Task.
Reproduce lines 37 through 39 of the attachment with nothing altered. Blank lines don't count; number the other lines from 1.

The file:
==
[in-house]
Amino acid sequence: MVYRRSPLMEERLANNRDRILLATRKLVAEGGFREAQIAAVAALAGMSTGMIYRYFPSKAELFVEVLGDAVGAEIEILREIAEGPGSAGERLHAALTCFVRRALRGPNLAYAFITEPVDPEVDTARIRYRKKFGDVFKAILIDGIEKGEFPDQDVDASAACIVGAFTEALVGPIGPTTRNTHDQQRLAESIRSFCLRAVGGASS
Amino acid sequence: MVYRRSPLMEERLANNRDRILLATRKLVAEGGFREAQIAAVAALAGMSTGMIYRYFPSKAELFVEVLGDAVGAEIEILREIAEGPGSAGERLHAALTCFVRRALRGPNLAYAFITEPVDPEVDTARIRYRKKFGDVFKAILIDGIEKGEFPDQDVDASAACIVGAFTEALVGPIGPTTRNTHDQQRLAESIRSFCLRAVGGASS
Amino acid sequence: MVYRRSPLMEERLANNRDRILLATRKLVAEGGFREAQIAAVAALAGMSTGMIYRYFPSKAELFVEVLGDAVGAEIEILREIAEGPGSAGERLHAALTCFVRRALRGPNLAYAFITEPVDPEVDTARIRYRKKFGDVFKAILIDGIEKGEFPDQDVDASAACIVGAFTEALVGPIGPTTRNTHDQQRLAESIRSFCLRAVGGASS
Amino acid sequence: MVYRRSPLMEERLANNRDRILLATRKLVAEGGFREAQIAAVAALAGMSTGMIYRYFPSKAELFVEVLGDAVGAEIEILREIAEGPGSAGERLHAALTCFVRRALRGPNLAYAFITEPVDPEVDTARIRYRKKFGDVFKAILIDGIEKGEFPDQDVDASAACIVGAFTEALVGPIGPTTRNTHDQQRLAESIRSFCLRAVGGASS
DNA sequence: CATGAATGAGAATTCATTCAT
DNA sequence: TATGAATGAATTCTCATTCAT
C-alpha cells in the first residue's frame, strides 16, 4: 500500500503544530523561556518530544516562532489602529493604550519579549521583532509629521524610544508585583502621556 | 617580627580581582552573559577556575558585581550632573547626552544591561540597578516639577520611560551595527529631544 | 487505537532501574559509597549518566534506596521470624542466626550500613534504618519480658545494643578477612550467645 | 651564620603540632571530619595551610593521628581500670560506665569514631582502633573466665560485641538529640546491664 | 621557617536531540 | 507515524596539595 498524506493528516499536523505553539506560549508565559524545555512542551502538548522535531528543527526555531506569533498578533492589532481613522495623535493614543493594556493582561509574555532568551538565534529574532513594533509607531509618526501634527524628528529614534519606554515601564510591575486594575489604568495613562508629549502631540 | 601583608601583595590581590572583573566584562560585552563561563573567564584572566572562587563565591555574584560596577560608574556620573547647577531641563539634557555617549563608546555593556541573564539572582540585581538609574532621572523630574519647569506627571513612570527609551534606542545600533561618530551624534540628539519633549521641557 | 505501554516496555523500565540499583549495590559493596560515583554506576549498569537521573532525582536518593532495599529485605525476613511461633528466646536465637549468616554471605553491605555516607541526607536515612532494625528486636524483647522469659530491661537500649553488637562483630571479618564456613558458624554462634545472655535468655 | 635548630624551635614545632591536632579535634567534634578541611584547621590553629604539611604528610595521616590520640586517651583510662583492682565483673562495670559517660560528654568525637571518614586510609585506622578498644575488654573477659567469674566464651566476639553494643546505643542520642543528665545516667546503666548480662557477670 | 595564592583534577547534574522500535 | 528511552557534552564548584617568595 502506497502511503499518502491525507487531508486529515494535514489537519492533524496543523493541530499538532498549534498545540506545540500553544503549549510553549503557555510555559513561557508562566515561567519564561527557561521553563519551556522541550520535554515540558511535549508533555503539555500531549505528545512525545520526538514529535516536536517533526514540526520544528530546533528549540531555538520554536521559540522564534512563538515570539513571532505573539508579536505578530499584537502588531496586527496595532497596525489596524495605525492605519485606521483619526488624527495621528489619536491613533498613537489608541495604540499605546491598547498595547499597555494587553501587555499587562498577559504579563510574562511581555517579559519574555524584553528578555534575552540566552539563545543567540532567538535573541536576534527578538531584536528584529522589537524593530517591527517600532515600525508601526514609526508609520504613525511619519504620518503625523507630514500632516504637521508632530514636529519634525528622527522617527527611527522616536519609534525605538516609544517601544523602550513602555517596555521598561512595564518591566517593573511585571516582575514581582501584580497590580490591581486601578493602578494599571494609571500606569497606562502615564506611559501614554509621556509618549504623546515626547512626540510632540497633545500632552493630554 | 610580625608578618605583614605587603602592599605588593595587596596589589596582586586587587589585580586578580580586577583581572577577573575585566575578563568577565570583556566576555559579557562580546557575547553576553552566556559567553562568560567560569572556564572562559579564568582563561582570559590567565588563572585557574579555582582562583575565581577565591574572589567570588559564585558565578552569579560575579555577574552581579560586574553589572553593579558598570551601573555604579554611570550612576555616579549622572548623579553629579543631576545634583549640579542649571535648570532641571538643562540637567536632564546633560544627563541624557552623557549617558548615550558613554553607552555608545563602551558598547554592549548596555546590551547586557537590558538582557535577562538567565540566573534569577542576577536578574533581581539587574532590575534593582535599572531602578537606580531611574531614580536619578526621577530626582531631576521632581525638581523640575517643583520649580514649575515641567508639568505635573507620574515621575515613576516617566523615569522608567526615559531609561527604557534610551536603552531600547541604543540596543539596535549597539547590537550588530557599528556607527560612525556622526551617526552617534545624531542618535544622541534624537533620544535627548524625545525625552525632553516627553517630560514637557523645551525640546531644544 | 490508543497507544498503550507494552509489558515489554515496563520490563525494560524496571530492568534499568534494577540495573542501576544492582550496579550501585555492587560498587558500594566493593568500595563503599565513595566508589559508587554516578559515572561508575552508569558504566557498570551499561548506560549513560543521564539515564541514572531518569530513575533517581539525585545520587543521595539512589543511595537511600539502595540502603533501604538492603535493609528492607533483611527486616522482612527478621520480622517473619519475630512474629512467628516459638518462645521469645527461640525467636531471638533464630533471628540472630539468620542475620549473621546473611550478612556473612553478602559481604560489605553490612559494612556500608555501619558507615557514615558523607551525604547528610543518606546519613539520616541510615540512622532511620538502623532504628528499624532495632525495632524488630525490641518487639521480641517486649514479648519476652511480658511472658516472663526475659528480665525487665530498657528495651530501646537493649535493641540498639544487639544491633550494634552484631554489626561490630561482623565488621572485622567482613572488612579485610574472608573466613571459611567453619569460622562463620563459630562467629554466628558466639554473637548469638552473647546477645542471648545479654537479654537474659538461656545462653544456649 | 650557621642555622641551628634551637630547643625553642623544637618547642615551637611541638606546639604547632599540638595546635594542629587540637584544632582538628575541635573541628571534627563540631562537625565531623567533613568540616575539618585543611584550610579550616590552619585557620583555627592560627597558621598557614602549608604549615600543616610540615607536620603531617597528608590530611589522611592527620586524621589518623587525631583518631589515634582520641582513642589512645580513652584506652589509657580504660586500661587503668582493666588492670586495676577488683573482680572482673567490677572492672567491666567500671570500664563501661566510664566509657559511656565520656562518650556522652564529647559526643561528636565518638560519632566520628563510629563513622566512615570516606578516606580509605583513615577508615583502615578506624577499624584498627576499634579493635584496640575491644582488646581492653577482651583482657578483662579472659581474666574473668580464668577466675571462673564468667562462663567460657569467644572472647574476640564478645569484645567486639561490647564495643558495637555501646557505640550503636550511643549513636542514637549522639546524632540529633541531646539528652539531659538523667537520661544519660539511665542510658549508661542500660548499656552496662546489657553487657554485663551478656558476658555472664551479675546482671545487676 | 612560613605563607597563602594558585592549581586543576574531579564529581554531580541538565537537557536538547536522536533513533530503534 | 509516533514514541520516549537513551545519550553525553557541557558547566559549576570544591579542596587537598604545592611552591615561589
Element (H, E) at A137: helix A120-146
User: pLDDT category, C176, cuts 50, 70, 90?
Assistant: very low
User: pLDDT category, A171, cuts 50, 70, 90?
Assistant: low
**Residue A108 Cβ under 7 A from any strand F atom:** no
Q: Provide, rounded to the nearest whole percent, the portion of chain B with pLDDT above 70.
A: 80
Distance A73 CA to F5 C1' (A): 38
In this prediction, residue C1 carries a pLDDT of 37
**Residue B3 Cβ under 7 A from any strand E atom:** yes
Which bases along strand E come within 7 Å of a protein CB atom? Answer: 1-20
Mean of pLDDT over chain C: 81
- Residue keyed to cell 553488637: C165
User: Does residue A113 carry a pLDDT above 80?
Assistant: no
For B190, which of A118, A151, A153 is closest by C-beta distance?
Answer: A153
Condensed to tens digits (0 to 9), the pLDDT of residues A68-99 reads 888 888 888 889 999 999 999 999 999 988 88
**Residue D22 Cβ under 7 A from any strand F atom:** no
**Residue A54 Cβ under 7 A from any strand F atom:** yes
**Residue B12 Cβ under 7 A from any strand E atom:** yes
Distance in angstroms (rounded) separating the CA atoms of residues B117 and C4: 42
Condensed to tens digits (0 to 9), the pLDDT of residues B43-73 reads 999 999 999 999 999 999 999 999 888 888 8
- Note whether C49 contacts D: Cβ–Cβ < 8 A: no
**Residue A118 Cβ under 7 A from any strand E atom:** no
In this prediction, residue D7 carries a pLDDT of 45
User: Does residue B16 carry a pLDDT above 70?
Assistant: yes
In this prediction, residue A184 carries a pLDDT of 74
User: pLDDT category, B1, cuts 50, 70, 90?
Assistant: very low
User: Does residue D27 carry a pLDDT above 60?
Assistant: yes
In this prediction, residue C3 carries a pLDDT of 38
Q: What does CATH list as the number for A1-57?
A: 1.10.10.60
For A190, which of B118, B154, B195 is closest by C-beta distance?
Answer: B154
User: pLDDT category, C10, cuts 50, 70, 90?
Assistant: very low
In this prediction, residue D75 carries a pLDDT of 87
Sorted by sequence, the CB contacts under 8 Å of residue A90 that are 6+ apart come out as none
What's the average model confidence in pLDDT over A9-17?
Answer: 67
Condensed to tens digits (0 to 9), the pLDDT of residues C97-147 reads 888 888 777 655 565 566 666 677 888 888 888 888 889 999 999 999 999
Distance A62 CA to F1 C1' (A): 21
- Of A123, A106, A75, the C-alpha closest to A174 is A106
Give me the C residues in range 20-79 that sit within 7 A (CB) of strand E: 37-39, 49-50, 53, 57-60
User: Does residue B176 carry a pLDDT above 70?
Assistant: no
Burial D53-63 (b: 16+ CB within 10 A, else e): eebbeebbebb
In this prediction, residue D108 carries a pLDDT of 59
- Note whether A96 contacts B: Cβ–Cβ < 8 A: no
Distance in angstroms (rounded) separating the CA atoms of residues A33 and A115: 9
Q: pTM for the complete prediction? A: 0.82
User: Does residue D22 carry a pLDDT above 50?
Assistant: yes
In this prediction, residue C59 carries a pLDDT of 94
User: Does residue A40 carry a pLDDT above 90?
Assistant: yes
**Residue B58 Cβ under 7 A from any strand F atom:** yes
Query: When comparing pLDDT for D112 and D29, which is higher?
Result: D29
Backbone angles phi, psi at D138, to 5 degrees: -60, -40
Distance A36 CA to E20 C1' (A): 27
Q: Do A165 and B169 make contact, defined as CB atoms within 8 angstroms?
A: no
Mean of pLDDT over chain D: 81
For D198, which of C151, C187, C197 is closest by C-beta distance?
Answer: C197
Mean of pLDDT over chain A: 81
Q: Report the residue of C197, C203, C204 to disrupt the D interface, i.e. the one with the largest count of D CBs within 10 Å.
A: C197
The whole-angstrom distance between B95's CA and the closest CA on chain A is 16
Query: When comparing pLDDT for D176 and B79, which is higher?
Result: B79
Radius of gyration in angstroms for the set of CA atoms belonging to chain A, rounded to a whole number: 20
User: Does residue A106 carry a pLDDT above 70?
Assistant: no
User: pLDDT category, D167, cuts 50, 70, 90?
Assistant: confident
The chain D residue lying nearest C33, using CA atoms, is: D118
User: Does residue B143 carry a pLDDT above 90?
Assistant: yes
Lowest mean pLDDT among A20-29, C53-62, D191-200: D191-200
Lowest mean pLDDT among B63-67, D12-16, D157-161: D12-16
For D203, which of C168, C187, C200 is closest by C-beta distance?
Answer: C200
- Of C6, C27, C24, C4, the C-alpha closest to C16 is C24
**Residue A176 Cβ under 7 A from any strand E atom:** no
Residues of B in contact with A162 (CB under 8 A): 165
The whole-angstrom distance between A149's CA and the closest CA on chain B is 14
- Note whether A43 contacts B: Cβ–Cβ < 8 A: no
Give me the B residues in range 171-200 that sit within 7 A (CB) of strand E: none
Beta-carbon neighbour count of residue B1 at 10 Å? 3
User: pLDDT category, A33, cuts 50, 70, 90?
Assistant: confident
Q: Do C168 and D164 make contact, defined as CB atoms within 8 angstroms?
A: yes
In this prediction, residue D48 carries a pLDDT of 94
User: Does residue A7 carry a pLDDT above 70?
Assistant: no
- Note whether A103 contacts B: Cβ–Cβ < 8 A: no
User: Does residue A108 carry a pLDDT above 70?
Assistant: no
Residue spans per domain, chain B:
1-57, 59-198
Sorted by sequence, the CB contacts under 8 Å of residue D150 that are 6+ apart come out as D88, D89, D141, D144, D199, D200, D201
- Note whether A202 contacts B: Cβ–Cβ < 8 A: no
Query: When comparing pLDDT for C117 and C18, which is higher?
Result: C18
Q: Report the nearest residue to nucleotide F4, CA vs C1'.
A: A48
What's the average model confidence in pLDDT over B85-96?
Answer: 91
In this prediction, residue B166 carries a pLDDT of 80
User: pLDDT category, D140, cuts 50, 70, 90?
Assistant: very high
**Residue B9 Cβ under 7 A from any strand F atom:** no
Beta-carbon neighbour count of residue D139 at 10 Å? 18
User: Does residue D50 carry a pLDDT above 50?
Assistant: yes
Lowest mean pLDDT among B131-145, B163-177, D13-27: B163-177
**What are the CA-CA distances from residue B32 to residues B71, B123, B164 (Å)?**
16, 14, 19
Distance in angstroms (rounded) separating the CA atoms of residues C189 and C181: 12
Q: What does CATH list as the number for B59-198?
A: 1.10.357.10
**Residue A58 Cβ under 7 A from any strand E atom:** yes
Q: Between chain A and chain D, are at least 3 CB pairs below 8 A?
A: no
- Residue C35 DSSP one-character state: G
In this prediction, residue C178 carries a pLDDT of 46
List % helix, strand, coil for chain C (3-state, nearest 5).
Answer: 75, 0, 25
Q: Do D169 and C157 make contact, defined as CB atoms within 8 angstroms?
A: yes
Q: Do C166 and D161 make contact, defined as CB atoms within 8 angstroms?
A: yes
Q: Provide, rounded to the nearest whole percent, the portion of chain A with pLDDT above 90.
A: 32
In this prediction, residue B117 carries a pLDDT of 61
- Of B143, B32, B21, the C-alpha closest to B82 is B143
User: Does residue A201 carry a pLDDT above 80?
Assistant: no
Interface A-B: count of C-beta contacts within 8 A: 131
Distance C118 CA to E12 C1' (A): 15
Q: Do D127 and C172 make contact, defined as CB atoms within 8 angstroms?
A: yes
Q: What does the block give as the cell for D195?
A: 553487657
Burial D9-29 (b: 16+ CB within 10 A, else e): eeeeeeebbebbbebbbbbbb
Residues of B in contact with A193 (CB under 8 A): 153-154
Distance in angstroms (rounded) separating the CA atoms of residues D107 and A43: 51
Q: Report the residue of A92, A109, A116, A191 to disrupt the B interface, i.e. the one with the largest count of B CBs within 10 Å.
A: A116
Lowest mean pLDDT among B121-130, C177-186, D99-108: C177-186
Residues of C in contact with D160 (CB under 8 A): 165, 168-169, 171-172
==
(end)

Assistant: yes
In this prediction, residue A184 carries a pLDDT of 74
User: pLDDT category, B1, cuts 50, 70, 90?